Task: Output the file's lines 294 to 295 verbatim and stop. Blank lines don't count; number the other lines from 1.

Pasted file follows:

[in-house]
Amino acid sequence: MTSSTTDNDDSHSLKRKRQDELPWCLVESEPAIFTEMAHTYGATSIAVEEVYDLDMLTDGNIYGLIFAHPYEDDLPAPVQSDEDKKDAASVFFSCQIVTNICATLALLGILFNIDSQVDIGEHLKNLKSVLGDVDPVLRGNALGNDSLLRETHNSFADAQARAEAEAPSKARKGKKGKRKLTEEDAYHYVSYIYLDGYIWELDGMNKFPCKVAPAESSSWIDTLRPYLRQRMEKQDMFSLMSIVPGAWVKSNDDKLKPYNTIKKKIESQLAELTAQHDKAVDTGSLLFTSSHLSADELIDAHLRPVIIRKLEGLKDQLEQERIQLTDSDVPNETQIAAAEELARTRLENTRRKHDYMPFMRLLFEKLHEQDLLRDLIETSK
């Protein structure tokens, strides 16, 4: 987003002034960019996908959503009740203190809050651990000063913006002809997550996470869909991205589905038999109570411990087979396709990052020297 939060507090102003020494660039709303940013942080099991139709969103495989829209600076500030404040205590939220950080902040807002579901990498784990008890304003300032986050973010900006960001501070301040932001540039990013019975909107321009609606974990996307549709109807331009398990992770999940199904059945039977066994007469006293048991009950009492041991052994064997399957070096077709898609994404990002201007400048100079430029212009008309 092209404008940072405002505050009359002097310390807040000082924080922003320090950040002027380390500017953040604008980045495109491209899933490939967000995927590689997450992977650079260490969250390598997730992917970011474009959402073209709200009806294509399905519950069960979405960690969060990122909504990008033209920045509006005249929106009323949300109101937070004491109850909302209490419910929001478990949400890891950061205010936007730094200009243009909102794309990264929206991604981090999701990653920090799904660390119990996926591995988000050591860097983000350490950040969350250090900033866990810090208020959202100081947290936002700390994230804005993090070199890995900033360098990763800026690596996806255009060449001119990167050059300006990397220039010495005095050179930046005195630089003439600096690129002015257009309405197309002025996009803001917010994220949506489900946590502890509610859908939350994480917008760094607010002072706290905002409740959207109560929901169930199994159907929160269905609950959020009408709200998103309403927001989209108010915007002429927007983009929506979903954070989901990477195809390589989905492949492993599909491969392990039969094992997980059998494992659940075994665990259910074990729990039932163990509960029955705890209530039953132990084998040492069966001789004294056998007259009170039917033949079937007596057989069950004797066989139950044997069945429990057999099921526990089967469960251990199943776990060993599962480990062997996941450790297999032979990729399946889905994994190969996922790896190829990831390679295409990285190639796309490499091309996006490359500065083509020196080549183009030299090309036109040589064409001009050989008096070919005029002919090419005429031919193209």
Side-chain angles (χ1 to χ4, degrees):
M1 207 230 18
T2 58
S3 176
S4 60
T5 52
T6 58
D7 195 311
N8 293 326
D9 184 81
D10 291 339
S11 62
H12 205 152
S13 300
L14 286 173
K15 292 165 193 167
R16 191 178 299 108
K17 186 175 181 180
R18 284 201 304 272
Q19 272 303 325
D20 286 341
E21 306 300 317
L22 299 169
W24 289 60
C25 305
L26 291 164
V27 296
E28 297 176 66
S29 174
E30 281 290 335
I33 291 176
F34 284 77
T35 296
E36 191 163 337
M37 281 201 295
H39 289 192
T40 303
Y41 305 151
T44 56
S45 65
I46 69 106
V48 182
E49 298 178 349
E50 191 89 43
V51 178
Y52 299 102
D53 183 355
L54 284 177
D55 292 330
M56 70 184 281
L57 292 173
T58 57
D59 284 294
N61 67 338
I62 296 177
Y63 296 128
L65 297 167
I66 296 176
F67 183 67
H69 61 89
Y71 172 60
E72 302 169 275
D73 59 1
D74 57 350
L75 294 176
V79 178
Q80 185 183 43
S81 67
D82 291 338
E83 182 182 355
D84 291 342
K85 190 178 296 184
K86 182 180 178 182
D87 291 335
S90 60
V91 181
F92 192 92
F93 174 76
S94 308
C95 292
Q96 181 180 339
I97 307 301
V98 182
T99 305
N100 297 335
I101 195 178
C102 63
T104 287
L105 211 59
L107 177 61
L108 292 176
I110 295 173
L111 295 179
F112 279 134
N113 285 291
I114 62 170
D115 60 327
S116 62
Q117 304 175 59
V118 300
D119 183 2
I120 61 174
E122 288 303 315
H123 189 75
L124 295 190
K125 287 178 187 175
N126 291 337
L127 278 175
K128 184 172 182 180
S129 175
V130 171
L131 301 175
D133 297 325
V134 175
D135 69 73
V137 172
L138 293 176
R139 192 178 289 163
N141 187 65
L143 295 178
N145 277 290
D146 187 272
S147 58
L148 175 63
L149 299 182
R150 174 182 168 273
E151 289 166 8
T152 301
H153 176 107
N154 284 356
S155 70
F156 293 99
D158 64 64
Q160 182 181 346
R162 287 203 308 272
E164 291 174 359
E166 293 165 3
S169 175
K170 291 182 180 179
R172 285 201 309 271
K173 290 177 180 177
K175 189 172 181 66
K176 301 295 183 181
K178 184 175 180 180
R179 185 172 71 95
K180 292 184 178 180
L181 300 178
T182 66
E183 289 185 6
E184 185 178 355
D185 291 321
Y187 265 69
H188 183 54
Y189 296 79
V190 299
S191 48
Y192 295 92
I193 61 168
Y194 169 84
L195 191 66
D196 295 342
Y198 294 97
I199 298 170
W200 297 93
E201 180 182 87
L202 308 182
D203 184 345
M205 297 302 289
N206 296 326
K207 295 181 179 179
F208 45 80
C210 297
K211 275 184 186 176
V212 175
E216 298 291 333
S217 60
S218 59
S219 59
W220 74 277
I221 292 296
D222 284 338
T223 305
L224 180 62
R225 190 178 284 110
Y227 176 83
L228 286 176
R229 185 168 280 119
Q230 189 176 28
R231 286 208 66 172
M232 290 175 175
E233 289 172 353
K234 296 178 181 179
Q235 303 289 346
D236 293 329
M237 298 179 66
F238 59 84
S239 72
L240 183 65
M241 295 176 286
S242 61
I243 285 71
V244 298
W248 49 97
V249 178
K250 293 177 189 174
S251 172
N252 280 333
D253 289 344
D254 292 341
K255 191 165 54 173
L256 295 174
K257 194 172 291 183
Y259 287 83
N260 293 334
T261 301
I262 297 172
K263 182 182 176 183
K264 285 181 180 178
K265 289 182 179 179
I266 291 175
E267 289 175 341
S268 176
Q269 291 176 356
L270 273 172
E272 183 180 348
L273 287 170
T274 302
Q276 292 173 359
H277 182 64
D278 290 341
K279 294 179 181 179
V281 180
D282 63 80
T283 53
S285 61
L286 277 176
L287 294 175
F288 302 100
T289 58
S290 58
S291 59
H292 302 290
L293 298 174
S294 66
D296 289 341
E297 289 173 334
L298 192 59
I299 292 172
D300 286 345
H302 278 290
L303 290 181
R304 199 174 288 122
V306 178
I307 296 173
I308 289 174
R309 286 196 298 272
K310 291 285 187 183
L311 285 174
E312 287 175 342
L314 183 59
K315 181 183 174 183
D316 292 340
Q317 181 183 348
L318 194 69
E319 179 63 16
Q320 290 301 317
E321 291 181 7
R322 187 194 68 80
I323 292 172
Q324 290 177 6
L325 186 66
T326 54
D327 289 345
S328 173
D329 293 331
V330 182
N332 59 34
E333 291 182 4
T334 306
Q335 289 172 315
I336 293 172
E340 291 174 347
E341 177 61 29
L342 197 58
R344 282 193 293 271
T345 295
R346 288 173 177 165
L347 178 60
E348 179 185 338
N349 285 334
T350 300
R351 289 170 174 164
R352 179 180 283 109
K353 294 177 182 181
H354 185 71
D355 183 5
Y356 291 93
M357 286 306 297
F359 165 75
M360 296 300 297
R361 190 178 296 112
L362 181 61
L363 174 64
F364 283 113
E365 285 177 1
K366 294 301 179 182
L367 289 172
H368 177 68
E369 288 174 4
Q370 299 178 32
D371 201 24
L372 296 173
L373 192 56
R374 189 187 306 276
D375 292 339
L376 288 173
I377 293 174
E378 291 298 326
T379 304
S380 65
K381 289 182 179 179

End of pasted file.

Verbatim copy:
T350 300
R351 289 170 174 164